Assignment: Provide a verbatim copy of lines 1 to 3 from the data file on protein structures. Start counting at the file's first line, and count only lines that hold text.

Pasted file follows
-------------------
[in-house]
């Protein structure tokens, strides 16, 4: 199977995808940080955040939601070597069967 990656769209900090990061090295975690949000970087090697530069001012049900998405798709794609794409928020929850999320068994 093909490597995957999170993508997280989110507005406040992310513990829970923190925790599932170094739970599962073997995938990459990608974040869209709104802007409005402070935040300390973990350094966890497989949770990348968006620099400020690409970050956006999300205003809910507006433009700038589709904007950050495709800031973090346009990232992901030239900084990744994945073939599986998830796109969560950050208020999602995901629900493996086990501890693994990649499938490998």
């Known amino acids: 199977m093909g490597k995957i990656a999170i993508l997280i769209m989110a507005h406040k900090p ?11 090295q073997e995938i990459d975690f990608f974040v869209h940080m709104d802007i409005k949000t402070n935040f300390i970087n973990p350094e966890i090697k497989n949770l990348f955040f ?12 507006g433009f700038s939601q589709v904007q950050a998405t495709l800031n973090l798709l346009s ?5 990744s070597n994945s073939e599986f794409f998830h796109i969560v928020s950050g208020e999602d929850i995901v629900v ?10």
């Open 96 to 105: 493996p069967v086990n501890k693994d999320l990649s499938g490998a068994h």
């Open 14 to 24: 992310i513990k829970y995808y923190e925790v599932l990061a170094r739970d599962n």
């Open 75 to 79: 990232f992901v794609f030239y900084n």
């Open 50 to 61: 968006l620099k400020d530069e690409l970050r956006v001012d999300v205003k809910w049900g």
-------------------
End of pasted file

[in-house]
């Protein structure tokens, strides 16, 4: 199977995808940080955040939601070597069967 990656769209900090990061090295975690949000970087090697530069001012049900998405798709794609794409928020929850999320068994 093909490597995957999170993508997280989110507005406040992310513990829970923190925790599932170094739970599962073997995938990459990608974040869209709104802007409005402070935040300390973990350094966890497989949770990348968006620099400020690409970050956006999300205003809910507006433009700038589709904007950050495709800031973090346009990232992901030239900084990744994945073939599986998830796109969560950050208020999602995901629900493996086990501890693994990649499938490998």
């Known amino acids: 199977m093909g490597k995957i990656a999170i993508l997280i769209m989110a507005h406040k900090p ?11 090295q073997e995938i990459d975690f990608f974040v869209h940080m709104d802007i409005k949000t402070n935040f300390i970087n973990p350094e966890i090697k497989n949770l990348f955040f ?12 507006g433009f700038s939601q589709v904007q950050a998405t495709l800031n973090l798709l346009s ?5 990744s070597n994945s073939e599986f794409f998830h796109i969560v928020s950050g208020e999602d929850i995901v629900v ?10």